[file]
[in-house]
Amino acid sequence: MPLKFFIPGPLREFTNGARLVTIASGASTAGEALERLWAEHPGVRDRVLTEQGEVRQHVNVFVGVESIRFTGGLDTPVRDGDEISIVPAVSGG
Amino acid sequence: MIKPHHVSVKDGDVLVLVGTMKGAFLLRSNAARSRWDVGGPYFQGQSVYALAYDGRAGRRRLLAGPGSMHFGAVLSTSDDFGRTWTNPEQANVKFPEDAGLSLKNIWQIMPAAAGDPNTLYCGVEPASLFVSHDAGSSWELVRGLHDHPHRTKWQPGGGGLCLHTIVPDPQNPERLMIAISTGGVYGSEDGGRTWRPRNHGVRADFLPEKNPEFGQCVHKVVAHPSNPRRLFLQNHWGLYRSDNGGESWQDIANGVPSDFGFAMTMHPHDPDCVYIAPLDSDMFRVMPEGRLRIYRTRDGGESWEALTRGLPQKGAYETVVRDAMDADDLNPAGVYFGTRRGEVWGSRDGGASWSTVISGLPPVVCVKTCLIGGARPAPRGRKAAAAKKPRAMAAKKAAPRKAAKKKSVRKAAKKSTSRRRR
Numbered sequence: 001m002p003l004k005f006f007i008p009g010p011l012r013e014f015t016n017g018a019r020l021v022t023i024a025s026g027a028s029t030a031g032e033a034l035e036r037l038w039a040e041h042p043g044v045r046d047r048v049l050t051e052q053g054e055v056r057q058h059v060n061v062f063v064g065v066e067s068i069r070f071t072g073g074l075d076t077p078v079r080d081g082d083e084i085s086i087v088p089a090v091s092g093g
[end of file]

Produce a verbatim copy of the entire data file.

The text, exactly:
[in-house]
Amino acid sequence: MPLKFFIPGPLREFTNGARLVTIASGASTAGEALERLWAEHPGVRDRVLTEQGEVRQHVNVFVGVESIRFTGGLDTPVRDGDEISIVPAVSGG
Amino acid sequence: MIKPHHVSVKDGDVLVLVGTMKGAFLLRSNAARSRWDVGGPYFQGQSVYALAYDGRAGRRRLLAGPGSMHFGAVLSTSDDFGRTWTNPEQANVKFPEDAGLSLKNIWQIMPAAAGDPNTLYCGVEPASLFVSHDAGSSWELVRGLHDHPHRTKWQPGGGGLCLHTIVPDPQNPERLMIAISTGGVYGSEDGGRTWRPRNHGVRADFLPEKNPEFGQCVHKVVAHPSNPRRLFLQNHWGLYRSDNGGESWQDIANGVPSDFGFAMTMHPHDPDCVYIAPLDSDMFRVMPEGRLRIYRTRDGGESWEALTRGLPQKGAYETVVRDAMDADDLNPAGVYFGTRRGEVWGSRDGGASWSTVISGLPPVVCVKTCLIGGARPAPRGRKAAAAKKPRAMAAKKAAPRKAAKKKSVRKAAKKSTSRRRR
Numbered sequence: 001m002p003l004k005f006f007i008p009g010p011l012r013e014f015t016n017g018a019r020l021v022t023i024a025s026g027a028s029t030a031g032e033a034l035e036r037l038w039a040e041h042p043g044v045r046d047r048v049l050t051e052q053g054e055v056r057q058h059v060n061v062f063v064g065v066e067s068i069r070f071t072g073g074l075d076t077p078v079r080d081g082d083e084i085s086i087v088p089a090v091s092g093g